ICAEW Advanced Case Study
Avoiding the pitfalls of Requirement 1: Financial Analysis
The examiner tells us that this requirement can be the downfall for students who are unsuccessful in the Advanced Case Study exam. This is not because it is too difficult but because candidates spend far too long on it.
So, how can candidates prevent themselves falling into this trap? Following effective analysis of the Advanced Information, candidates should know ‘the story’ behind the figures.
Rolling Stores (November 2014)
The company was in the logistics business and had 3 revenue streams being Haulage, Warehousing and Courier Services.
Haulage and Warehousing were relatively mature and Courier in the growth phase, having been launched in May 2012.
The company was seeing growth in revenue but falling margins, the industry demanded continual investment in new vehicles and there was a need to invest in logistics IT to improve planning and efficiency. RS financed the majority of NCA additions via finance leases but was also carrying a £3.5m loan on the SOFP.
The company was reliant on a few customers. Kentree (household appliances brand) accounted for 25% of Haulage work 75% of Warehousing. Buildwell (Builders merchants/DIY products) accounted for 65% of Courier services work. Therefore, candidates should be thinking RS should not upset these customers and work to preserve these relationships – easy marks; needs to be said in the exam if the relationship is at all in jeopardy.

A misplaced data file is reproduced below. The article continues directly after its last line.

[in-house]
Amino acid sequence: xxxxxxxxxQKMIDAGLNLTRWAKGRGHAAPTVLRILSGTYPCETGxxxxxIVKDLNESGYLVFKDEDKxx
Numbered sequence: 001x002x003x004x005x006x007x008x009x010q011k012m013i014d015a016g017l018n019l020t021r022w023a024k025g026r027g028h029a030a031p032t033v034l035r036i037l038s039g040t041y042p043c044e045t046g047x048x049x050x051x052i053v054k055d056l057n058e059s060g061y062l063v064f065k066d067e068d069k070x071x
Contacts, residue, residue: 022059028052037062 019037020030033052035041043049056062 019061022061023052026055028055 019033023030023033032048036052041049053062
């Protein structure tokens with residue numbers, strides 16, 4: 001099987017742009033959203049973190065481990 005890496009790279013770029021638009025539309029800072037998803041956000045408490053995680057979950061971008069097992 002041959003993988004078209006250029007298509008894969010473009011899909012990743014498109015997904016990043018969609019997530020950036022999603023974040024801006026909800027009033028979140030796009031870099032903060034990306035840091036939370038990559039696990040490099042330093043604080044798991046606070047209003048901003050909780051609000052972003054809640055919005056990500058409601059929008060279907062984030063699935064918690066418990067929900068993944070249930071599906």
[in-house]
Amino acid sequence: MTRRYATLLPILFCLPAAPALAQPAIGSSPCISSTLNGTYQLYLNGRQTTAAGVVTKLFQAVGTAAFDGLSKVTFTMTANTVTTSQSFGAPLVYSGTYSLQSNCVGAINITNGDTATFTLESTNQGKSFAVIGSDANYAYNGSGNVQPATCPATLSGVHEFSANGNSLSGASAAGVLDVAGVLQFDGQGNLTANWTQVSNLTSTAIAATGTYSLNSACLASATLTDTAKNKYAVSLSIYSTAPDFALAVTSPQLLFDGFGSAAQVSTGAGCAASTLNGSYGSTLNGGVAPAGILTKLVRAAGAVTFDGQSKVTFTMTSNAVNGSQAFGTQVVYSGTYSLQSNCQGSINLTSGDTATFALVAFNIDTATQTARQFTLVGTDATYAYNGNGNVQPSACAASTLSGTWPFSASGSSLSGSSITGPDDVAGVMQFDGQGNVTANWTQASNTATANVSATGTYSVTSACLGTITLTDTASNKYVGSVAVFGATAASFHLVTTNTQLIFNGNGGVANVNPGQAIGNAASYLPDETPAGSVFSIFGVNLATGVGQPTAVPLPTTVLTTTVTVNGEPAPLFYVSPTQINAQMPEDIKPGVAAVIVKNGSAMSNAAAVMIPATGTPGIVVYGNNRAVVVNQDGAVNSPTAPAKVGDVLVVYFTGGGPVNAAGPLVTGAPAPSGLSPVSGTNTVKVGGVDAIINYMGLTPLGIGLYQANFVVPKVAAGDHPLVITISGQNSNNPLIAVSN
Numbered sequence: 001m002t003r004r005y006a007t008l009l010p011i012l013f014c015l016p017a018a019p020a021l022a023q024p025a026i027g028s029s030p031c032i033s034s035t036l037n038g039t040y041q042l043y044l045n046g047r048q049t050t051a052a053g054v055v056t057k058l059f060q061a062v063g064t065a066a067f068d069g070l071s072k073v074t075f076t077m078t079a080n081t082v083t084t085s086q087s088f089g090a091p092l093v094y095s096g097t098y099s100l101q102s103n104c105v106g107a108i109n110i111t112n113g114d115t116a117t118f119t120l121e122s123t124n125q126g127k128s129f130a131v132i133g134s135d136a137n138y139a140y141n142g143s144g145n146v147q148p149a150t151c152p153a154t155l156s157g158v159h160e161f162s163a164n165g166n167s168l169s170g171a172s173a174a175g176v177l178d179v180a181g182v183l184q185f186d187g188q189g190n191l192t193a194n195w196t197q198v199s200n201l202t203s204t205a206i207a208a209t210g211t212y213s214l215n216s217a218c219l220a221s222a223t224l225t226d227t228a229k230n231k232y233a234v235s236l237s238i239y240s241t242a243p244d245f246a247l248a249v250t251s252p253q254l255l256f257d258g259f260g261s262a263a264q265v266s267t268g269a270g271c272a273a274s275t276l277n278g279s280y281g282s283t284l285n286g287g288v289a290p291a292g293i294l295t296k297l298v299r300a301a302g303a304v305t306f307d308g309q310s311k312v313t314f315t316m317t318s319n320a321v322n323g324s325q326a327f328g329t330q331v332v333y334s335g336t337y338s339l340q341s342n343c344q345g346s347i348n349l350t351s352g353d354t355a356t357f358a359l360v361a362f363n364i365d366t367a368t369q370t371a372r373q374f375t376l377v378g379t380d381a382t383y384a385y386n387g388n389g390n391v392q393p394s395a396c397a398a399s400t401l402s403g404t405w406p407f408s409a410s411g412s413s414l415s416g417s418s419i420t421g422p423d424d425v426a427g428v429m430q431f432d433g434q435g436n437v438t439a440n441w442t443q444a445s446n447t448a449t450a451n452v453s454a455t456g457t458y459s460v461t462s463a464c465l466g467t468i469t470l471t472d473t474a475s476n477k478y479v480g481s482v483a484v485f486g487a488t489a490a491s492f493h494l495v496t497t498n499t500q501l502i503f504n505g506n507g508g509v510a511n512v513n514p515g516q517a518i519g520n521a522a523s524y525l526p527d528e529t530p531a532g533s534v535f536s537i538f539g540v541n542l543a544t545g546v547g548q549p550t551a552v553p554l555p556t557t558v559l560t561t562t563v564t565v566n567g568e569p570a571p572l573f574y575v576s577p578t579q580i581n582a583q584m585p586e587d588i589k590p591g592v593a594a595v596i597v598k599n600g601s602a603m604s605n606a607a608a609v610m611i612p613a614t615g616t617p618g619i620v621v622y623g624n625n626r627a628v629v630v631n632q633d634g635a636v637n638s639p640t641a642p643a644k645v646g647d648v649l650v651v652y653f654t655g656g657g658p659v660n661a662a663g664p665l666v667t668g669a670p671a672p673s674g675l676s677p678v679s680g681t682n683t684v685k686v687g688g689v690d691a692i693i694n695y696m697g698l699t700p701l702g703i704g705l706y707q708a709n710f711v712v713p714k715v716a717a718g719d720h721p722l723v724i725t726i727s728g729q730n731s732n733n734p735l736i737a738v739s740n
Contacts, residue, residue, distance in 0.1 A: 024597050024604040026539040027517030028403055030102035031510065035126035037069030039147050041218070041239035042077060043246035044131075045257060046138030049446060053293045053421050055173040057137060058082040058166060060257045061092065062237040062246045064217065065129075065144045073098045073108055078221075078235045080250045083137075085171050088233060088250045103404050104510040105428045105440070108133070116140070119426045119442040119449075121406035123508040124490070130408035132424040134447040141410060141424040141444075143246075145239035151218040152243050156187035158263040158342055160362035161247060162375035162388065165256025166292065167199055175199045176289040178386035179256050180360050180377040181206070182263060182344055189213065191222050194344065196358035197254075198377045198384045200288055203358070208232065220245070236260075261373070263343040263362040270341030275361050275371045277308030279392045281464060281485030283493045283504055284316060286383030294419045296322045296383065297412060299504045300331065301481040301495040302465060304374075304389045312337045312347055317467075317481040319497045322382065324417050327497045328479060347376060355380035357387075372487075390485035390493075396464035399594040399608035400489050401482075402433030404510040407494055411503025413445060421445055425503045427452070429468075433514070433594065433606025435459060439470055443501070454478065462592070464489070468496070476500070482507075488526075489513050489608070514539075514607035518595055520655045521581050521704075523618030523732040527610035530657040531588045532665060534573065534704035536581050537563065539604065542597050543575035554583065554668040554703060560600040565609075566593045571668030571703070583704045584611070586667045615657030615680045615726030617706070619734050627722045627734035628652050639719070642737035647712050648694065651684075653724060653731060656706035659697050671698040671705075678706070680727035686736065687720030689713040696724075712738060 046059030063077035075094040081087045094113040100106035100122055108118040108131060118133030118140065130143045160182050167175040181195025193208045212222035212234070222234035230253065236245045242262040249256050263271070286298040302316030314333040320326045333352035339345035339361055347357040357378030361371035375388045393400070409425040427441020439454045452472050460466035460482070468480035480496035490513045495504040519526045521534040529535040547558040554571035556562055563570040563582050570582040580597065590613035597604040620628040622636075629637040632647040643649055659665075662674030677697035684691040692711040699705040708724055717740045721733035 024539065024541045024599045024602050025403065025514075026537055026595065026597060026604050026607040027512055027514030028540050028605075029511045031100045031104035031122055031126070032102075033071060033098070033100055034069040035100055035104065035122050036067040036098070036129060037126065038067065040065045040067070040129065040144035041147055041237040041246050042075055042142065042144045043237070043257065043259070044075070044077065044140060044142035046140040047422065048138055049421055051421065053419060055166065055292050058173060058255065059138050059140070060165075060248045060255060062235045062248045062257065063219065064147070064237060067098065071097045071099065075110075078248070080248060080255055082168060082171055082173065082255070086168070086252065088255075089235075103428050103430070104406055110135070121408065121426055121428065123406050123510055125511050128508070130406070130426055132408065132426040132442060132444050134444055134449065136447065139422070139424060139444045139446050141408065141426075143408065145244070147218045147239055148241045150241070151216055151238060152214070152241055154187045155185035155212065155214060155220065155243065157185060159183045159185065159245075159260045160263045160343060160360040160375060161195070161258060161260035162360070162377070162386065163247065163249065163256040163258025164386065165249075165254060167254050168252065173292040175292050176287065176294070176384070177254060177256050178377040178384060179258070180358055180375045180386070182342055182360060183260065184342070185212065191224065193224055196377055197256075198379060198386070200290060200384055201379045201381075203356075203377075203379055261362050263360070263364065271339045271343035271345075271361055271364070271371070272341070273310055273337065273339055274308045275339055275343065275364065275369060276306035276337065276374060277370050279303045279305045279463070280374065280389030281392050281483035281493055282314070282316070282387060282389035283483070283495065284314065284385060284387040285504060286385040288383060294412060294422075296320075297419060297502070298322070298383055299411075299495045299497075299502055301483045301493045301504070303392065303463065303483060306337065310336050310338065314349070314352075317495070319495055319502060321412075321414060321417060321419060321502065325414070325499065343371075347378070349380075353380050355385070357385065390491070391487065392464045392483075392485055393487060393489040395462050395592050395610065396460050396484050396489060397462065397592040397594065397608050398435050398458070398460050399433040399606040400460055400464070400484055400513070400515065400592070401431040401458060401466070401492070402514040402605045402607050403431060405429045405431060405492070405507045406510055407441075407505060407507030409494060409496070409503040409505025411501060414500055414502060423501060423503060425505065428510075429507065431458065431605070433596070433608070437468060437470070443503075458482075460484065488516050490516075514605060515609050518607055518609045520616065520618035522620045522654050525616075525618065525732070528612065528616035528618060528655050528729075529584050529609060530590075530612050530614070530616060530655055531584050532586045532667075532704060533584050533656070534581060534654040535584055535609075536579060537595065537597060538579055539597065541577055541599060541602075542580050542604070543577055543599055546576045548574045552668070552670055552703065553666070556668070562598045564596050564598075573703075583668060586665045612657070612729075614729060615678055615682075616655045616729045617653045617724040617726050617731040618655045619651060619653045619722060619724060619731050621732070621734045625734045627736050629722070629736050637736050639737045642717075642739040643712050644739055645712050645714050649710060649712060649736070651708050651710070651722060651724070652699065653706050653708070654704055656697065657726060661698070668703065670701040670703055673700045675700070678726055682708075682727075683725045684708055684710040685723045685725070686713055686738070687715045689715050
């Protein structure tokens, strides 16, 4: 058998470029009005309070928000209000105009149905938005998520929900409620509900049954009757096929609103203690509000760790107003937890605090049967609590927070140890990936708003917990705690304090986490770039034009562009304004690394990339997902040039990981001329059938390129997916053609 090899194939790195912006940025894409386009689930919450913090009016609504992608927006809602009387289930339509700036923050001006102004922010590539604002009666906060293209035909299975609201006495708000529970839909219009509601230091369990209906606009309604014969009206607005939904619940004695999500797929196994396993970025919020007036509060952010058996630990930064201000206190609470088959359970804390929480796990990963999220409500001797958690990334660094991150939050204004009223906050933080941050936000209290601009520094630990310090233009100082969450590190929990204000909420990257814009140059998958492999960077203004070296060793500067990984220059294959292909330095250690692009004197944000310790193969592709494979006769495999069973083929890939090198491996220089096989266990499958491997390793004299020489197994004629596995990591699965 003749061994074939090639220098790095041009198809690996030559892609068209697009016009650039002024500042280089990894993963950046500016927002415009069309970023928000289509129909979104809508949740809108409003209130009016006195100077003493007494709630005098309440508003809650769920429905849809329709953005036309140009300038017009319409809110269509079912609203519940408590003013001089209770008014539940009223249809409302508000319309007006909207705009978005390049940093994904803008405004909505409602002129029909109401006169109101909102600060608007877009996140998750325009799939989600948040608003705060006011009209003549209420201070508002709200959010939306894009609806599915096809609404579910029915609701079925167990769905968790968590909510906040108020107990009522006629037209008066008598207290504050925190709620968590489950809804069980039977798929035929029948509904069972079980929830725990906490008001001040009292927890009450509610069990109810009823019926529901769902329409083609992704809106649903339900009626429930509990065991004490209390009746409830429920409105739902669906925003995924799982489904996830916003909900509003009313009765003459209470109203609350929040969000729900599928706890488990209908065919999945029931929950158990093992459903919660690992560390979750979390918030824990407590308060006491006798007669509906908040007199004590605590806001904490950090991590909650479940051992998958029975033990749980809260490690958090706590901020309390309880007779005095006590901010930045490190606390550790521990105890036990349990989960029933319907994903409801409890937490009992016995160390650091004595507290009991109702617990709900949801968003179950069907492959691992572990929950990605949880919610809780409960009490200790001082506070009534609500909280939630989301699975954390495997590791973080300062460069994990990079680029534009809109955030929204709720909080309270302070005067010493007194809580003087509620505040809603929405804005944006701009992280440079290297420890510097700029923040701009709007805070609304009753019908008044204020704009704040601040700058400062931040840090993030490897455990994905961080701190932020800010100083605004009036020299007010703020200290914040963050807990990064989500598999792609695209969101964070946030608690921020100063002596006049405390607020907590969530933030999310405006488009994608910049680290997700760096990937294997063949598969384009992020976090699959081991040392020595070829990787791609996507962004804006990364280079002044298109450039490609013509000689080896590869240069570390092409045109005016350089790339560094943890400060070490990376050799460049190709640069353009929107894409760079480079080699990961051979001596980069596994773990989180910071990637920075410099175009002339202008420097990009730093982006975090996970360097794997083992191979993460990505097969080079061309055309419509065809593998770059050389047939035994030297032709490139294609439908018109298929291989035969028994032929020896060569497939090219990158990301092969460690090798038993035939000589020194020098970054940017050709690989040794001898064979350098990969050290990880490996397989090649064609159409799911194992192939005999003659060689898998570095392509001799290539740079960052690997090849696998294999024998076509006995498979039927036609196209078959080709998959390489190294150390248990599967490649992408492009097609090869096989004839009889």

To make sense of this business information, a candidate needs to appreciate the ‘wider context’ in which this business is operating.
The economy in the UK was showing signs of recovery – and so logistics was seeing an uplift, fuel prices were falling (obviously important for haulage/courier firms), courier market was expected to grow significantly (due to increased on-line shopping activity) but the haulage and courier markets were very competitive.
This context needs to be blended with the written analysis of the numbers – helping the user of the report understand why the numbers have moved or not and why your judgements and recommendations are appropriate.
The exam itself
The candidate now knows the story and therefore, when the numbers perform as expected, the reasons are available to be added to the report.
The requirement asked candidates to analyse PBT, analysing the main items on the statement of profit and loss.
- Revenue – TOTAL first (always) and drill down (ie explanations as to why the total revenue figure has changed) by stream (always do revenue mix as well – it’s a given). Courier saw massive growth (main driver of total revenue growth) – expected but still needs stating.
- GP – absolute movements but the story is always in the margin (it continued to fall – expected – rising costs and inability to pass on in prices due to competitive nature of market). Drill down (max twice) – what cost of sales have a story? 1. Fuel (prices changing, key cost) and 2. agency/subcontract labour (because of the courier work).